A good first start, as in the discussed papers, is to study the stationary growth phase when one would expect SOS signals for expediting a return to exponential growth. Indeed, the authors demonstrate a general utility of surviving introns that is not related to host gene functions.

    This reminds one of the early ideas of Darryl Reanney who suggested an SOS invocation of recombination repair mechanisms that would benefit by having structural features in introns that might have been less accommodated by exons. It would be interesting to see if there is anything particular about the location of the surviving introns that might facilitate their general, non-gene-specific, function.

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    1. If you read the papers on the stable introns you'll see that they bind to spliceosomes and slow down RNA processing. That's presumably how they confer a selective advantage under low growth conditions. It doesn't matter which introns are retained in various species as long as there's a sufficient number of them.

      Several of the essential introns contain genes for various RNAs (e.g. snoRNA) and that's why they weren't lost.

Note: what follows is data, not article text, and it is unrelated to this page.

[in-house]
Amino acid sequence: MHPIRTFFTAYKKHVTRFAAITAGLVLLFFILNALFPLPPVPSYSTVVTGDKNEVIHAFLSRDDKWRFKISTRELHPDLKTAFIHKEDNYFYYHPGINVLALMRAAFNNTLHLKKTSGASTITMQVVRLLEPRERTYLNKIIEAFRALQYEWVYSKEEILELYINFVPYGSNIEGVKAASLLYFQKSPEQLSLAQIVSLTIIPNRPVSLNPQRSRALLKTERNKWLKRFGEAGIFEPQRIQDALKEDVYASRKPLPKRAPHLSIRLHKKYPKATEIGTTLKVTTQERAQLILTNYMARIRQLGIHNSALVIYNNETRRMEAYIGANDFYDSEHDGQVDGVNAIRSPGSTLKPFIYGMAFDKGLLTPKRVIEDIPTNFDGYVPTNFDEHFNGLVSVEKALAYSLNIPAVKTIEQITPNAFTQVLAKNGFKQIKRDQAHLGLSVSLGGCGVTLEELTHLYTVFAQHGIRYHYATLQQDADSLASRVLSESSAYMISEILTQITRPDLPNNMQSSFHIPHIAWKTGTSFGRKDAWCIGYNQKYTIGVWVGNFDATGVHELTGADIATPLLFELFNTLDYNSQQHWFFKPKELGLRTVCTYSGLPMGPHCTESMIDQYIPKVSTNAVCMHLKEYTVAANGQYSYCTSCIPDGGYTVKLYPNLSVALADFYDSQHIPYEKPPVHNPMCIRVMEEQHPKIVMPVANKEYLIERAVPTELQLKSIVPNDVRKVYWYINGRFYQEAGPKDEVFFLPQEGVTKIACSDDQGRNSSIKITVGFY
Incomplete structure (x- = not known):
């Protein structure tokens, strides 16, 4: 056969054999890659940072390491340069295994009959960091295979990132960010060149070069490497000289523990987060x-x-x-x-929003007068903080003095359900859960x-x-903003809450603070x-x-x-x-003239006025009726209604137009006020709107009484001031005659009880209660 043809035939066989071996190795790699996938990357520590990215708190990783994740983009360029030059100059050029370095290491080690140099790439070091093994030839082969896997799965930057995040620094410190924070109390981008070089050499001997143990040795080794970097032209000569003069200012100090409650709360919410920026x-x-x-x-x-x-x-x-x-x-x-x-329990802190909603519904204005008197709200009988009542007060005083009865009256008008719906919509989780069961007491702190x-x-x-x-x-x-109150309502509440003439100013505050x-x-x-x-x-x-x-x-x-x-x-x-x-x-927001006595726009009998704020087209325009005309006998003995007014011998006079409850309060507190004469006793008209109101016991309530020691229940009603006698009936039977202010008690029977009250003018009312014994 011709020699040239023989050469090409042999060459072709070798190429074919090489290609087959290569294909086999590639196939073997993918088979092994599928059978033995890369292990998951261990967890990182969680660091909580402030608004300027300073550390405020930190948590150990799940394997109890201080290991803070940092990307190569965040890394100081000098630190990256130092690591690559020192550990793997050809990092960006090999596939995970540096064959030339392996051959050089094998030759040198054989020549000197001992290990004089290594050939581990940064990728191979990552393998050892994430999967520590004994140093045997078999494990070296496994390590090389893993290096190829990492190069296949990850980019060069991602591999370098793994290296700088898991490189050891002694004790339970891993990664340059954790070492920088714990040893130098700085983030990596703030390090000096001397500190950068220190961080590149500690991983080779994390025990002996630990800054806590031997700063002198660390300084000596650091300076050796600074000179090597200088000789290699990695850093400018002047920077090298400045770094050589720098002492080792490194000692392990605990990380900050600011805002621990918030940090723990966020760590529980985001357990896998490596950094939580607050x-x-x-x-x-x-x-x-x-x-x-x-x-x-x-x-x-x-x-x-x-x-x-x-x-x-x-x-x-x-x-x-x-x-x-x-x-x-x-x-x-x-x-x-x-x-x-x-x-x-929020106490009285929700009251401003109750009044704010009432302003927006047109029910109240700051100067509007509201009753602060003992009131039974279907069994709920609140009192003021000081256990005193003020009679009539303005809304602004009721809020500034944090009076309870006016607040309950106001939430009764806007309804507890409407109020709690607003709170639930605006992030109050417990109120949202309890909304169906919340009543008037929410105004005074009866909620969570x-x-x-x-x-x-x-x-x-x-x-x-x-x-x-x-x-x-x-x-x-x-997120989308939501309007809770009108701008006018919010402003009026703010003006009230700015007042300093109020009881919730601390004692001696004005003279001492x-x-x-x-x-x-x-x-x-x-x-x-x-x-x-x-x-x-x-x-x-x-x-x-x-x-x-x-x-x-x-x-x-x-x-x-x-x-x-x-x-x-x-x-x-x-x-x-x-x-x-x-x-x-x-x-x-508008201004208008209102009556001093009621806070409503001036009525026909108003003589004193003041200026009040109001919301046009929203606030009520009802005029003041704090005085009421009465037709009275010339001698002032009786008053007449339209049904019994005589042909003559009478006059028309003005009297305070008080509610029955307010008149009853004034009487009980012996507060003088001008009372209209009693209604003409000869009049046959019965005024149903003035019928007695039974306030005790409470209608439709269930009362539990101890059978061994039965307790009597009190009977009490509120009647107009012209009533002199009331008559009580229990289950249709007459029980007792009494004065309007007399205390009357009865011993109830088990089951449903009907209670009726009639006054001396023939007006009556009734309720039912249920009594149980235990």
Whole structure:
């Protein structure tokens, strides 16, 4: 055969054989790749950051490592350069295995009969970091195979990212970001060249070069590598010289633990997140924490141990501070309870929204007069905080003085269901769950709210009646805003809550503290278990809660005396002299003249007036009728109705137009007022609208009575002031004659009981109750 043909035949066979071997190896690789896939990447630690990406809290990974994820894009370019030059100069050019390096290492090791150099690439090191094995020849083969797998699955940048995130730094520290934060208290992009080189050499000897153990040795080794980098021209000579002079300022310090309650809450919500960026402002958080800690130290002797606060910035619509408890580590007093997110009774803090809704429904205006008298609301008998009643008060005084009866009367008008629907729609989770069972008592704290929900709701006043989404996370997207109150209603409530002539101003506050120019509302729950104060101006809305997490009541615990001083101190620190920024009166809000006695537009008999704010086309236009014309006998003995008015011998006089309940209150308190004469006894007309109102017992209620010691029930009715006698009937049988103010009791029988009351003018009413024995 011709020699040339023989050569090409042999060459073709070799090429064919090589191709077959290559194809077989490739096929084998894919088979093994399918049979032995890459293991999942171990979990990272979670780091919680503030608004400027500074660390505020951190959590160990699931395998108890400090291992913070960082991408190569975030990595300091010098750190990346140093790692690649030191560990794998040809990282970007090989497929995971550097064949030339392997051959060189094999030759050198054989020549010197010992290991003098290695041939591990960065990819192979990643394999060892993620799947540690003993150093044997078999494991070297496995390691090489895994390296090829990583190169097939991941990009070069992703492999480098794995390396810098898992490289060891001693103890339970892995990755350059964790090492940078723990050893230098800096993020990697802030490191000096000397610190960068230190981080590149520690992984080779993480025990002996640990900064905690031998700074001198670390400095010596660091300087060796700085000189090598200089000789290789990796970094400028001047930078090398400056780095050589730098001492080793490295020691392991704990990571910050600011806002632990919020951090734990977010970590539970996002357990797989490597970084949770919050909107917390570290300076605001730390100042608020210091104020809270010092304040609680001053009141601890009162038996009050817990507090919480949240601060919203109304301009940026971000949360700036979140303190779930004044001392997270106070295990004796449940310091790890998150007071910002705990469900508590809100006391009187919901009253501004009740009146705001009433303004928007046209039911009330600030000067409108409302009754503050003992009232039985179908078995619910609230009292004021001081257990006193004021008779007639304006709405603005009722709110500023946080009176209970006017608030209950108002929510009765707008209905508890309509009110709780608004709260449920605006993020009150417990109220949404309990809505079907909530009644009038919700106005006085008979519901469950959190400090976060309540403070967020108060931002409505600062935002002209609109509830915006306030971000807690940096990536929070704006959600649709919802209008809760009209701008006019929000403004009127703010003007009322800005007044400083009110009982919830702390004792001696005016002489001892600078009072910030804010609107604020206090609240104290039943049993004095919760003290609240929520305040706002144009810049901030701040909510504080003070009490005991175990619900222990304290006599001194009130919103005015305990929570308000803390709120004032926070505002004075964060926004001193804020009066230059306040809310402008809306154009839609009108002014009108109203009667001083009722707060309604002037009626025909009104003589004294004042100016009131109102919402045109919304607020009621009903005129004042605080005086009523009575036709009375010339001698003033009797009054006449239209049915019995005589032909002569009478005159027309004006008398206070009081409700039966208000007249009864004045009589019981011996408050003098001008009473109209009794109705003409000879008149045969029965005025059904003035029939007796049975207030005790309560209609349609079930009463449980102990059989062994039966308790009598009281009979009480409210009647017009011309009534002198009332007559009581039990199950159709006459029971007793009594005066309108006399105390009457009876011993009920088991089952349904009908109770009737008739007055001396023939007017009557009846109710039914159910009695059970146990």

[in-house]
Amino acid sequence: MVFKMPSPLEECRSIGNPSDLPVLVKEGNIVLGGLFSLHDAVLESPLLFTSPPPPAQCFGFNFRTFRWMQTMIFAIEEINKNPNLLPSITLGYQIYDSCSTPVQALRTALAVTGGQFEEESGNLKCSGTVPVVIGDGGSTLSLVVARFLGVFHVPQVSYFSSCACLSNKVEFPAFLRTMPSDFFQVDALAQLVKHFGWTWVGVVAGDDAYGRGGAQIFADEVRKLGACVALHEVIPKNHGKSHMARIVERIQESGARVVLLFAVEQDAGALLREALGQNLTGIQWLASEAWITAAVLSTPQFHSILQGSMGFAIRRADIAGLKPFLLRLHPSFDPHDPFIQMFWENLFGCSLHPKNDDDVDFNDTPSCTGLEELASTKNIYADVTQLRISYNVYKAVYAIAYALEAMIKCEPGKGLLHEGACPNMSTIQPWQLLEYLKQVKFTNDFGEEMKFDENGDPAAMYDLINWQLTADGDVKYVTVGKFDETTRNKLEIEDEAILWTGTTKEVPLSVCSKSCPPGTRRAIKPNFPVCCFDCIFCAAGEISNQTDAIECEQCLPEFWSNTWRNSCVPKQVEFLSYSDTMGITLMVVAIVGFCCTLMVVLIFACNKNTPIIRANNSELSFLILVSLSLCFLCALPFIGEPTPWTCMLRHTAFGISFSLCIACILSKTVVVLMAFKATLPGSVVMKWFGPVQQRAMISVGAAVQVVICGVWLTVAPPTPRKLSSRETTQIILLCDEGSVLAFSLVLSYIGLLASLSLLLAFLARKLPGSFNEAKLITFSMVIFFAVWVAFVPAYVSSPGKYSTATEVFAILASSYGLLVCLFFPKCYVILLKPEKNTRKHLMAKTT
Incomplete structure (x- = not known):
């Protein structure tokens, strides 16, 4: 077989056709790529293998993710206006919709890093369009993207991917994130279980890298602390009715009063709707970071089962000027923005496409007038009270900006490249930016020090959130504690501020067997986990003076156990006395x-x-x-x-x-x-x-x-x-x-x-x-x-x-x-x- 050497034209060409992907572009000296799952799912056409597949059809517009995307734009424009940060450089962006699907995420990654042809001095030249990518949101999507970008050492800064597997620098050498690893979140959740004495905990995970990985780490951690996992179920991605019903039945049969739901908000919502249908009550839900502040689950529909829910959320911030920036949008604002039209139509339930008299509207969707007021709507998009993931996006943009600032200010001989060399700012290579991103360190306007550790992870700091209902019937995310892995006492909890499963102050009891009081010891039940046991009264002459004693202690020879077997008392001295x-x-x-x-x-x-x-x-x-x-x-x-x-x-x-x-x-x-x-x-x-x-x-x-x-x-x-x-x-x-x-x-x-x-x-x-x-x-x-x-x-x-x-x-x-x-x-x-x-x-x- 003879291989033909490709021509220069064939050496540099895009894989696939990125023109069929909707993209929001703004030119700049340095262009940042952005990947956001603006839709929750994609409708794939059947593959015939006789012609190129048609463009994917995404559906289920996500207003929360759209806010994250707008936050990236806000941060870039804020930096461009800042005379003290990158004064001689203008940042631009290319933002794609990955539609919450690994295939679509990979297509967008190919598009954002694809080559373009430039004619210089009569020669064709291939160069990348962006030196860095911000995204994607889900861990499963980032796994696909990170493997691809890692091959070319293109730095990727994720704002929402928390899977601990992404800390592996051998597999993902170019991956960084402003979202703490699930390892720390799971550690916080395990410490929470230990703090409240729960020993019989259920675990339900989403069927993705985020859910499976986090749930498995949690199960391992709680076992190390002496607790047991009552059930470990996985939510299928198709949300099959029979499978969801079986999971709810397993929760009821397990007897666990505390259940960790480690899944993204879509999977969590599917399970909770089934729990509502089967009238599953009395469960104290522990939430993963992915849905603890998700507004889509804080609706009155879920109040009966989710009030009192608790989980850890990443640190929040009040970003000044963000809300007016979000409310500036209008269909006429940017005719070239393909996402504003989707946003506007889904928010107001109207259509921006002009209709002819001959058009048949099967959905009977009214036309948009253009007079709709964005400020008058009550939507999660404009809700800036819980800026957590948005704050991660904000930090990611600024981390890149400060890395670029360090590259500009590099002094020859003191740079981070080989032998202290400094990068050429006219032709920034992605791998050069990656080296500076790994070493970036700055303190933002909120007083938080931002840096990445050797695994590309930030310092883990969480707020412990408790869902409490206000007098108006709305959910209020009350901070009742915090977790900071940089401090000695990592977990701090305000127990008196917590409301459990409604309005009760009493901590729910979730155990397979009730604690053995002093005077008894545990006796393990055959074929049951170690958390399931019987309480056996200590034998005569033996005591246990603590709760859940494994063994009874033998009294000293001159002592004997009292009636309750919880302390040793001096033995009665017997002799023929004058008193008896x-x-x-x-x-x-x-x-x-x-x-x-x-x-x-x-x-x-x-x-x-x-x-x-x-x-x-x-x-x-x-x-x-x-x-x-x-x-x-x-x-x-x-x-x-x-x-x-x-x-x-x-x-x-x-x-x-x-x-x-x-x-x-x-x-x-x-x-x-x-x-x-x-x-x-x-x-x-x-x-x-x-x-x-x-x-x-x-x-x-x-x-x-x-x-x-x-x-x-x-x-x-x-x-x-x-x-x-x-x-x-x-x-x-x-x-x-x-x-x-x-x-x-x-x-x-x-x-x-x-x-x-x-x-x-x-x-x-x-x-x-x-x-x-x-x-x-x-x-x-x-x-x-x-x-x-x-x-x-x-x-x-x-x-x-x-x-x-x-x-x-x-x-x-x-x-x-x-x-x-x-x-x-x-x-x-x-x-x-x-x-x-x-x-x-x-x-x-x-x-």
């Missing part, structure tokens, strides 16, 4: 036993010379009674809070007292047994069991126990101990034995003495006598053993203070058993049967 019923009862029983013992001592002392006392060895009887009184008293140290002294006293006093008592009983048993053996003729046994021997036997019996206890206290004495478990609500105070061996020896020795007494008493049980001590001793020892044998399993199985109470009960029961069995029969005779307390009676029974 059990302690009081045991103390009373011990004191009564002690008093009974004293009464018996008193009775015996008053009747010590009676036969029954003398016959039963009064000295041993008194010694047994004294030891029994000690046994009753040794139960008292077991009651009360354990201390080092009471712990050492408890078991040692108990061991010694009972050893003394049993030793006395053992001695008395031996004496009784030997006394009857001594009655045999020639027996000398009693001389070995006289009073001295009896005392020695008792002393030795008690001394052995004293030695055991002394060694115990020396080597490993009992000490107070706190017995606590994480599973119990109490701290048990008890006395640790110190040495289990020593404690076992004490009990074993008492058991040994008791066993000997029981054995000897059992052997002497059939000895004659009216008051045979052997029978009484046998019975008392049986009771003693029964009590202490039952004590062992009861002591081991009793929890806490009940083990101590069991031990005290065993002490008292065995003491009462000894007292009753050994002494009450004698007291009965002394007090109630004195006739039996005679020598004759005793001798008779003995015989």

I stand by my statement that the loss of introns in yeast strongly suggests that they are dispensable (i.e. junk). If fact, they are probably slightly deleterious but they are only going to be selected against in large populations.

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    2. I think the concerted loss of ~95% of introns in yeast pretty strongly suggests that most are slightly deleterious. Half of the remaining introns are in ribosomal protein encoding genes, and my guess is that these are maintained either due to a positive effect on fitness during stress (by slowing RP expression), or due to regulatory constraint (losing some introns may lead to unbalanced expression across RP genes).

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    3. Of course an intron being slightly deleterious when lost does not mean that all of its sites are nonneutral.

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    4. Oh sure, the sites necessary for splicing are decidedly non-neutral, and it should not have been surprising to see them show up in disease GWAS. I imagine that perfect or near perfect intron deletion is relatively rare, which could explain why it was able to happen in something like yeast with a large population size, short generation time, and the ability to self (maintaining homozygosity).

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    5. I misread your sentence, Joe. My hypothesis is that the majority of introns are slightly deleterious (i.e. parasitic DNA), and that they are maintained because they are hard to get rid of without causing coding region deletion, frameshifts, etc.

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  8. This comment has been removed by the author.